During our Washington DC trip, we spent three days in the middle of the week exploring the Shenandoah Mountains of Virginia.
10/25 – First Looks
We drove west, toward the Shenandoah Mountains, admiring the fall colors along the way.
We entered the park at Thornton Gap. We stopped at a few overlooks on Skyline Drive before checking into our room at the Skyland Resort.
10/26 – Hawksbill Summit, Deer Hollow Falls, a gorgeous sunset
The misty morning gave way to a few sun breaks.
We decided to hike the Hawksbill-Salamander-Appalachian Trail Loop and hope for the best.
Hawksbill Summit was fogged in, but while we ate our lunch, the clouds cleared, and we had a lovely westward view to the Shenandoah River Valley.
We descended via the Salamander Trail, to an intersection with the Appalachian Trail, which we walked along for about a mile.
The Hawksbill hike was about 2.7 miles, 600 feet. After our hike, we stopped at the Big Hollow Visitor Center and learned a bit about the history of the park. Then we hiked about 3 miles to Dark Hollow Falls from the Rose River Trailhead, once again, admiring the foliage colors, and then the tiers of the waterfall.
Later in the afternoon, we stopped at Tanners Ridge Overlook, just south of Big Meadow.
We noticed the clouds and sunbeams were looking promising for a great sunset. We hurried to The Point Overlook, known for excellent vistas. For the next hour, the rolling waves of mountain silhouettes, clouds and sunbeams put on a stunning display, nearly impossible to capture (but we tried!)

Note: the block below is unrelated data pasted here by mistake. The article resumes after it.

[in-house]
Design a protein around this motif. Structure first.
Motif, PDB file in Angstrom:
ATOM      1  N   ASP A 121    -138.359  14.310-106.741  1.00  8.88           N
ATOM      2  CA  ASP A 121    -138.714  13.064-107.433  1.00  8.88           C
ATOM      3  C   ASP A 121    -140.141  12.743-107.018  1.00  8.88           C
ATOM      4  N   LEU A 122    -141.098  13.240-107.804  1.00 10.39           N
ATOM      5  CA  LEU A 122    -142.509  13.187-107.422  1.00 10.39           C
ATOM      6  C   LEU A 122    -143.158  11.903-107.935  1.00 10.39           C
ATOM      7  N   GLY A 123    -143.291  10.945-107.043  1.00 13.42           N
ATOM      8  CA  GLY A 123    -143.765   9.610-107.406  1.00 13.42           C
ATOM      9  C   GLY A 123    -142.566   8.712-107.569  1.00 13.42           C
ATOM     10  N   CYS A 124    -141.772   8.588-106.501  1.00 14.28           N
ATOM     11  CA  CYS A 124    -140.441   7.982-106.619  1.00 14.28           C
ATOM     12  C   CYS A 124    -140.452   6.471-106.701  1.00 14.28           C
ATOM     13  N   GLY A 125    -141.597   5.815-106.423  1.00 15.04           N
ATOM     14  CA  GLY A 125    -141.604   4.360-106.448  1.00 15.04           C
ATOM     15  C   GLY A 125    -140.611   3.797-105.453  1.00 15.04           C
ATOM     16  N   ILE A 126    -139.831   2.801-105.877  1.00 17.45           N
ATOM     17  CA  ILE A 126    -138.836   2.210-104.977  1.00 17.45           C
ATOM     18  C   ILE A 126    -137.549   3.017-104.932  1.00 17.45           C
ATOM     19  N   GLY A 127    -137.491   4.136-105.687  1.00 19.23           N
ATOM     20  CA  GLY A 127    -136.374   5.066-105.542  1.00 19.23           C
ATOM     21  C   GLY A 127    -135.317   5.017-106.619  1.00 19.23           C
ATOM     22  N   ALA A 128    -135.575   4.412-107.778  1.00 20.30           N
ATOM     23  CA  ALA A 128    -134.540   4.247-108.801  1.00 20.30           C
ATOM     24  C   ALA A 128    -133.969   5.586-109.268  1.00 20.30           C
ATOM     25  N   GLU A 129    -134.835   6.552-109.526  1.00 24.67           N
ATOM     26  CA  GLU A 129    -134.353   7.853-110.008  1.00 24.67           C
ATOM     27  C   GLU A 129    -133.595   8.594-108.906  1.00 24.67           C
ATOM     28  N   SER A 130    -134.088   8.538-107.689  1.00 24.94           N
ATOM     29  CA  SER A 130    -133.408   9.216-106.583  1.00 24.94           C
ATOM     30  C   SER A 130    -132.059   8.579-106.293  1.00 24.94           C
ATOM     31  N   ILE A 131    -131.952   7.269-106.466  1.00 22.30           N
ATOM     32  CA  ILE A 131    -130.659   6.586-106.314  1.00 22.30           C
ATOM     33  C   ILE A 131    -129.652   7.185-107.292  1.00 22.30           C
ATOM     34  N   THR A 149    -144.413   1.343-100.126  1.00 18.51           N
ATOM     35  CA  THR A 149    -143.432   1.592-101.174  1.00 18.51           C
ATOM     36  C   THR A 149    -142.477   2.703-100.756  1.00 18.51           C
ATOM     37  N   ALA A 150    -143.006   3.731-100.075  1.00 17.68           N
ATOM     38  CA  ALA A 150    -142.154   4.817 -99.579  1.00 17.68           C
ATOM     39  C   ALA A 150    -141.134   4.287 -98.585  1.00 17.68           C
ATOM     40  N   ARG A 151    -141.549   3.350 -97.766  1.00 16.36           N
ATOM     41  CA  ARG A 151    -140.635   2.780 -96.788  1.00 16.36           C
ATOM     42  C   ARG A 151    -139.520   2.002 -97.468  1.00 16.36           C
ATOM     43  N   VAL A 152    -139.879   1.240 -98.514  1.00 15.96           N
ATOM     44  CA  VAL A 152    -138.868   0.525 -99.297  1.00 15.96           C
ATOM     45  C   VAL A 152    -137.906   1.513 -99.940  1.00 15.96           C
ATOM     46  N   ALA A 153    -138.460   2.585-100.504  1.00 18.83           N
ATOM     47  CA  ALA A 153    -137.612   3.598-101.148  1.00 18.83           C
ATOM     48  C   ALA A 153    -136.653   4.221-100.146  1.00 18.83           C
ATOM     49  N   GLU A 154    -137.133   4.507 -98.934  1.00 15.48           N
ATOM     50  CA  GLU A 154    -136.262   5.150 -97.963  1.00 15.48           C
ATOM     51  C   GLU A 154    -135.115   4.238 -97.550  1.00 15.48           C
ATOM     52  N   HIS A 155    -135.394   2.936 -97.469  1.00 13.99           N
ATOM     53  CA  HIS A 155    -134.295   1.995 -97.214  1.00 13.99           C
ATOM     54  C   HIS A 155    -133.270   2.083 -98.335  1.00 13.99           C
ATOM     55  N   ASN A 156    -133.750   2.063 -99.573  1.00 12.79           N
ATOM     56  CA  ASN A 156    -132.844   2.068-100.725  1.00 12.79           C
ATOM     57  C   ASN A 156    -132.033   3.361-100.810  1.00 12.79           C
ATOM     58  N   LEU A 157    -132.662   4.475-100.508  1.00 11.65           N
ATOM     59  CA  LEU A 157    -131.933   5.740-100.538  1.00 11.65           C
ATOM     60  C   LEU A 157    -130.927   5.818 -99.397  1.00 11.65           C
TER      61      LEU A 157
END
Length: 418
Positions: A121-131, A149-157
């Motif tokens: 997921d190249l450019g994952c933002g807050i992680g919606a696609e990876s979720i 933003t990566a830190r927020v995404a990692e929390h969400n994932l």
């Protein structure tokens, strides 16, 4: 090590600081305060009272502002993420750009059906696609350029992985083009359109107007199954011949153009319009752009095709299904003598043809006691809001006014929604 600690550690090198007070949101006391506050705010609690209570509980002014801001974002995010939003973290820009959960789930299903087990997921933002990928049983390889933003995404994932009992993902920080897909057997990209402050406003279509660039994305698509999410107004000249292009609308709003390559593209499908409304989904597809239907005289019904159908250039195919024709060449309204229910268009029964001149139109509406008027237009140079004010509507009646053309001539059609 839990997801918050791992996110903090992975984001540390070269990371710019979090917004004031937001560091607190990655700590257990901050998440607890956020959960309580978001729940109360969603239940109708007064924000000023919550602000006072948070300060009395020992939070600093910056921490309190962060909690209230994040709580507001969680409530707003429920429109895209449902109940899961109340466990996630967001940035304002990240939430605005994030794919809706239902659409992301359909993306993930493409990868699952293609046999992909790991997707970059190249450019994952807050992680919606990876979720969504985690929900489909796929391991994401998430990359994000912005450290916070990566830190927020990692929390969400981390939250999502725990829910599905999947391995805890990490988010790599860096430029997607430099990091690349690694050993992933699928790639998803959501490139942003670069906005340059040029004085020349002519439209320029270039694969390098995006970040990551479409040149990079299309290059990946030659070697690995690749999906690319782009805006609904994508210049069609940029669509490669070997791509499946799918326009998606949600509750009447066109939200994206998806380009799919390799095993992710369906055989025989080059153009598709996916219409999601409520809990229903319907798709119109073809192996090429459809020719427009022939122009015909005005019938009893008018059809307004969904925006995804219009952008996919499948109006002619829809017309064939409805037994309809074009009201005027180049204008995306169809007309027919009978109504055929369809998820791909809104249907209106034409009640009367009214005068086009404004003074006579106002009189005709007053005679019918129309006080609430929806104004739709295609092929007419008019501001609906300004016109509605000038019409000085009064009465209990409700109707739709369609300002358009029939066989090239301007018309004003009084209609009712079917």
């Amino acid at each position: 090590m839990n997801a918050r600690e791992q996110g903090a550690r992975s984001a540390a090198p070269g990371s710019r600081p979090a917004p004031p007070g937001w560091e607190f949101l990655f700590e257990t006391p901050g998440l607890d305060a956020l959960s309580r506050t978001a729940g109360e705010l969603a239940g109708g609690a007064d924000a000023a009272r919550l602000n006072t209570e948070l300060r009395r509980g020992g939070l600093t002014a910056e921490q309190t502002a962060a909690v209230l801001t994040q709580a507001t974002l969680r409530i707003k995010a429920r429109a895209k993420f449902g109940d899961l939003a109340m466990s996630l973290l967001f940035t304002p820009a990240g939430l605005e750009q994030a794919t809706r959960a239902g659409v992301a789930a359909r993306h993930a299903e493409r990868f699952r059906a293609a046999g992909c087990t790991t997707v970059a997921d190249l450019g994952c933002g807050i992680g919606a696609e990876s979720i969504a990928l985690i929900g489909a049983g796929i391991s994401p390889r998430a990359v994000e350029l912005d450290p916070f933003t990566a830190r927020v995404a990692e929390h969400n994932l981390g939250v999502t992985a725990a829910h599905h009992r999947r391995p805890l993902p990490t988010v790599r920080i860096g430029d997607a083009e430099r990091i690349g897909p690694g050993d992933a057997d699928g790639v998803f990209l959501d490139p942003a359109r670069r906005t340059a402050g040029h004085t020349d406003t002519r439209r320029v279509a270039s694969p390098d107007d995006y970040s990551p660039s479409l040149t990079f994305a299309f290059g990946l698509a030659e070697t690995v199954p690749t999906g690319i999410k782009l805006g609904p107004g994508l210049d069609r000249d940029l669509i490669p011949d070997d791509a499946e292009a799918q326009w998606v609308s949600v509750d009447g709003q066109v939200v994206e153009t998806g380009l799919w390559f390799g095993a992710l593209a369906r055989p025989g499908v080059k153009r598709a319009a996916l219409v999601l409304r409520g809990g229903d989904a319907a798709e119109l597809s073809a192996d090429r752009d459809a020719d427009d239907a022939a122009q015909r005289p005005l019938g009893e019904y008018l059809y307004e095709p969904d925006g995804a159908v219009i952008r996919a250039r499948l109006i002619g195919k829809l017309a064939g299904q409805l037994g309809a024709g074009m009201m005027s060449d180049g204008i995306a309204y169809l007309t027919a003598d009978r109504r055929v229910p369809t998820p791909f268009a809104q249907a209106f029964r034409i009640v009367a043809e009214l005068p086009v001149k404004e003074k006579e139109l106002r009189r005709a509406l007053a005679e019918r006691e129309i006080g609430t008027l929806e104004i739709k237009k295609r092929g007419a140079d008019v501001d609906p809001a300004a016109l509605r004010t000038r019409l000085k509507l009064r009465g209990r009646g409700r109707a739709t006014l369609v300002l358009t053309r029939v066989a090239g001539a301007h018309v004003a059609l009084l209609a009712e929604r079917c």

10/27- Old Rag hike from Berry Hollow
Old Rag (3274′) is a craggy mountain to the east of the main ridge of Shenandoah National Park, and a popular hiking destination. This was our longest hike for the week (6 miles, 1750 feet). The trailhead was about an hour’s drive from our lodging. We had purchased limited access permits online ahead of time, and passed three ranger check points along the trail. Many hikers choose the challenging Ridge scramble trail up the eastern rocky slopes. We opted for the slightly shorter, nonscrambly route from the Berry Hollow Trailhead.
We hiked upward through beautiful fall foliage.
The summit is covered with rocky boulders and slabs that more intrepid hikers scrambled up. We settled for circling the perimeter, and viewing the landscape to the west, north and east.
We returned the way we came, the steep downward trail challenging to my recently injured knee, but we made it, thank you hiking poles!
We drove back up to Skyline Road and stopped at the Old Rag Overlook, to look back at where we had been:
This was a successful trip. We wanted to see the fall foliage. The peak foliage was a little past at the top of the mountains, especially in Big Meadow, but was still sweeping in waves down the slopes, and is much more colorful than what we see in our home evergreen forests in Oregon.
The next morning we stopped for a last look from the Buck Hollow Overlook before driving back to Washington DC…